I'm in my office, doing a little transitioning from a day of scheduling (oy) to a meeting with a "substitute" cat sitter who was wretchedly irresponsible and needs to be very firmly taken to task. She wasn't one of my students, but the impending confrontation with her feels very like interactions I've had with students in the past--although I don't need to maintain the same level of professional composure. I won't get into the whole saga now, but she's 19 and possibly has a substance abuse problem, on top of a very clear lack of any sense of responsibility: she needs to have one of those very painful lessons in what is expected of a person as a grown-up.
And I'm going to be in the position of asking other colleagues if they have students they would recommend for the occasional cat-sitting gig, as my wonderful, amazing former student who has been my cat sitter for the past few years is moving on to grad school and probably won't be in the area much longer.
However, what I want to process now is more professional than personal. Two things.
1: I had a rather odd epiphany yesterday. I told a friend about a weird experience from last semester's 101 students (in the earlier section, of course). They had never heard the term "ratchet" except in a slang/street meaning that I'd never encountered before--and when they read the word in not one but two articles, both times used in the phrase "ratchet up" (as in to increase), they were utterly confused. It didn't dawn on them that there might be a different meaning to the word: they assumed that there was some arcane connection they were supposed to make between the meaning they knew and the context in which it clearly didn't fit. It's hard to put this in words, but essentially, their assumption was that, since it didn't make sense, the problem was that they were missing some complex underlying meaning of the entire point in the article, not simply that a word might have more than one meaning. And that led me to realize that they apparently assume that they will be confused in any class they take--and that they will be powerless to find their way out of their confusion: only the teacher will be able to show them what they're missing, and it will invariably be something utterly arcane and beyond their grasp.
That in turn led me to remember the argument I had with a student many years ago: he was utterly furious with me that I wouldn't simply hand him an understanding of something he'd read. When I said that he needed to figure it out, he said, "But you're supposed to teach me." I explained that handing him the answer wasn't teaching him, but he clearly was firmly convinced that I was simply shirking my clear responsibility as an instructor. The student attitude seems to be A) for any question, there is one simple and clear answer, B) the teacher has the answer, and C) if students can't immediately see the answer on their own, they have no other recourse but to get the "right" answer from the teacher.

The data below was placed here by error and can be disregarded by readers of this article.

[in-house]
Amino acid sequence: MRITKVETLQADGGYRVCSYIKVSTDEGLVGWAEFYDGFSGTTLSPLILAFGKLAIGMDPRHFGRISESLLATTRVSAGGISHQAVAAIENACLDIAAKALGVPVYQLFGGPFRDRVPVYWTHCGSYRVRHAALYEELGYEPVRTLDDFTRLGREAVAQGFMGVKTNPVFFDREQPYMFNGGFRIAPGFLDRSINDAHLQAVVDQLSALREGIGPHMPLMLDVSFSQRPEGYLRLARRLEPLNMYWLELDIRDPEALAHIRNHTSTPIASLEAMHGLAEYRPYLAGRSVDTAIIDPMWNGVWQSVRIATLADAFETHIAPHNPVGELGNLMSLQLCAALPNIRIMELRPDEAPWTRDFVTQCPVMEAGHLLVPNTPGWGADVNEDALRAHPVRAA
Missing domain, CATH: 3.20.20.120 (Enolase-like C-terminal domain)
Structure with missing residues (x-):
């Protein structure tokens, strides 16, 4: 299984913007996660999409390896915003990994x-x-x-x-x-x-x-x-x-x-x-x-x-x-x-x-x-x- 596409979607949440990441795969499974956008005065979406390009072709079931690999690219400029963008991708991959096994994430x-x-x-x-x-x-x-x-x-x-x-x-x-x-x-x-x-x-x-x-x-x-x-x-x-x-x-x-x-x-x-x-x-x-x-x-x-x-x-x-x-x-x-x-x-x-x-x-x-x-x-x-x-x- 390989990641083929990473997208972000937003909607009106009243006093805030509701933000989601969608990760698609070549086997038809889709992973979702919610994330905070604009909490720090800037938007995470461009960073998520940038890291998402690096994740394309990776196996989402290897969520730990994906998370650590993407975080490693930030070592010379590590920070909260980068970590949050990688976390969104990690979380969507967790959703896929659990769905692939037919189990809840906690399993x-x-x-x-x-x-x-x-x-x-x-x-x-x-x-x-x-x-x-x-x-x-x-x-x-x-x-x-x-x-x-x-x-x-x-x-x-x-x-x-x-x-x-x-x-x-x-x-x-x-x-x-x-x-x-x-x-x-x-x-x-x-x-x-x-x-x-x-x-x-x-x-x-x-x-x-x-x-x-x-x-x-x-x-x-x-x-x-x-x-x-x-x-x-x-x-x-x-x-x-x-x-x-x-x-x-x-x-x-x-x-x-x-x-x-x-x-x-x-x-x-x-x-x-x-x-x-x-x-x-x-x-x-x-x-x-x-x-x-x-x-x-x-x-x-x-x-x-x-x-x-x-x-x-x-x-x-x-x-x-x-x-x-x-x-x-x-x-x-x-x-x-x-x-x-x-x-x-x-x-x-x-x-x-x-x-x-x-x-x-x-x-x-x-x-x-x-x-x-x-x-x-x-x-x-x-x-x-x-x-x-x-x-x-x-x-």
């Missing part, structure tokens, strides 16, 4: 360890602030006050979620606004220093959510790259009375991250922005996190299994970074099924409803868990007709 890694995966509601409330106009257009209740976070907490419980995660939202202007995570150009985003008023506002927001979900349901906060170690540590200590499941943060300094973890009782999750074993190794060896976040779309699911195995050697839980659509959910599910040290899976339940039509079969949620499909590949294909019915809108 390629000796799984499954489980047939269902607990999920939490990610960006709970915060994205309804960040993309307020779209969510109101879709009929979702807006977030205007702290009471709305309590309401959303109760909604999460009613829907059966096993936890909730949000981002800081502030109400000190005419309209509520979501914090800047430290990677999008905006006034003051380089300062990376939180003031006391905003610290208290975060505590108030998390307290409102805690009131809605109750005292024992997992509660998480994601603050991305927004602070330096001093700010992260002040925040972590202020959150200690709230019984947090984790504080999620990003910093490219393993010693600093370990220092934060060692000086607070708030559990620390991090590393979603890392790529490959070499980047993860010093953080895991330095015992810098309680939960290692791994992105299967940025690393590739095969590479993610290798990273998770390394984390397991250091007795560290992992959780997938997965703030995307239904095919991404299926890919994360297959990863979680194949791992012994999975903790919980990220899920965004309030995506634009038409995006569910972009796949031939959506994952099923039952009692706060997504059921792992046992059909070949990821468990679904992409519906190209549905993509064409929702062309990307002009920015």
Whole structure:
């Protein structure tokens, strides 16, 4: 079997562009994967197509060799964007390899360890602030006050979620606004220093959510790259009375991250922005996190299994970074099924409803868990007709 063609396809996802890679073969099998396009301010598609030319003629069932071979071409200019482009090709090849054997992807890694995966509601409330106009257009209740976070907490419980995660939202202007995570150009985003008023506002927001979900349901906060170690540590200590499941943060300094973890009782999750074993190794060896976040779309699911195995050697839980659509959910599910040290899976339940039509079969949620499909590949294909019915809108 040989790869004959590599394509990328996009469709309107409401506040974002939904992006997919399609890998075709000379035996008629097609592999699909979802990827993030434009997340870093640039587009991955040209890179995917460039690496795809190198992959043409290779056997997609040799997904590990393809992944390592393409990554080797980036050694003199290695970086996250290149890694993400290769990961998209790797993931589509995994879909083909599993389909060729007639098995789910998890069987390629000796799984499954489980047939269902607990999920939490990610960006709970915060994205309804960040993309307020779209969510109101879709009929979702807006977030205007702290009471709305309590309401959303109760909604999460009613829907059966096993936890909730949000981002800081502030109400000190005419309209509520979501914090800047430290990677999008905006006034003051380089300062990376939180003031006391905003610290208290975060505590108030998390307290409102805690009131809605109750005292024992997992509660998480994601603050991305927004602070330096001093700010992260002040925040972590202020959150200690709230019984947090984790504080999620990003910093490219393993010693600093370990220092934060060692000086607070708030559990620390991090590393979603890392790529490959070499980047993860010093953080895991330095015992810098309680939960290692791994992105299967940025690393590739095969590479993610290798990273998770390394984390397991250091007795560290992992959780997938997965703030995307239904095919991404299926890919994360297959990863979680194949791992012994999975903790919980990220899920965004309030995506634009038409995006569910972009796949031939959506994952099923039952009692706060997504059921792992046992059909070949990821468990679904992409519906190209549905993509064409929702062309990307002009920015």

That whole way of thinking has been inculcated in them in all their prior education--and it is completely antithetical to how we as professors see things. They view their own understanding of what education is as absolute and inarguable: questions have answers, which teachers must provide. And I view my understanding of education as equally absolute and inarguable: A) many questions--especially the ones worth asking--don't have simple, clear answers, and may, in fact, lead to further and further questions without ever reaching a specific "answer" at all, B) the only "authority" for whether any answer is "correct" or not is the strength and validity of the support that underlies the answer, and C) the main objective of education is not, as students think, to provide them with answers but rather to teach them how to find their own answers, how to understand the reasons for their answers, and how to continually question their own answers to see if there might be even more room for thought or understanding beyond what is visible at first glance.
I imagine I've known all this for some while, on some deep, intuitive level, but this is the first time it's been so clear to me. I still haven't quite got it into words: I'm looking for the perfect, pithy analogy that will convey the difference between the two ways of viewing education so students have their own epiphany about what is supposed to happen in the learning process. I hope Paul can help: I want to bat this around with him for a while to see if we can figure out a way to get it across to our students. I'm actually very excited to have had the epiphany; now I just have to figure out how to get it into my pedagogy.
The second thing I wanted to mention is much less interesting, briefer, and not anywhere near as positive, but having just spent several hours working on scheduling, I must say that a large number of my colleagues are idiots who seem incapable of filling out a simple form. It didn't feel like we got very far today, but part of today was spent trying to get some kind of sense out of a colleague who is in charge of one of the interdisciplinary programs: we needed to know if any English faculty had been assigned to that program's courses for next fall, and all she wanted to do was complain about her own schedule--and to tell us that the courses that are on the books are wrong and she doesn't know who will be teaching them yet. I didn't strangle her, but it was a close thing.
Now, however, I have to dash off to scold the cat-sitter. I expect I may post again tomorrow, too; somehow it feels wrong to be in the office and not do that.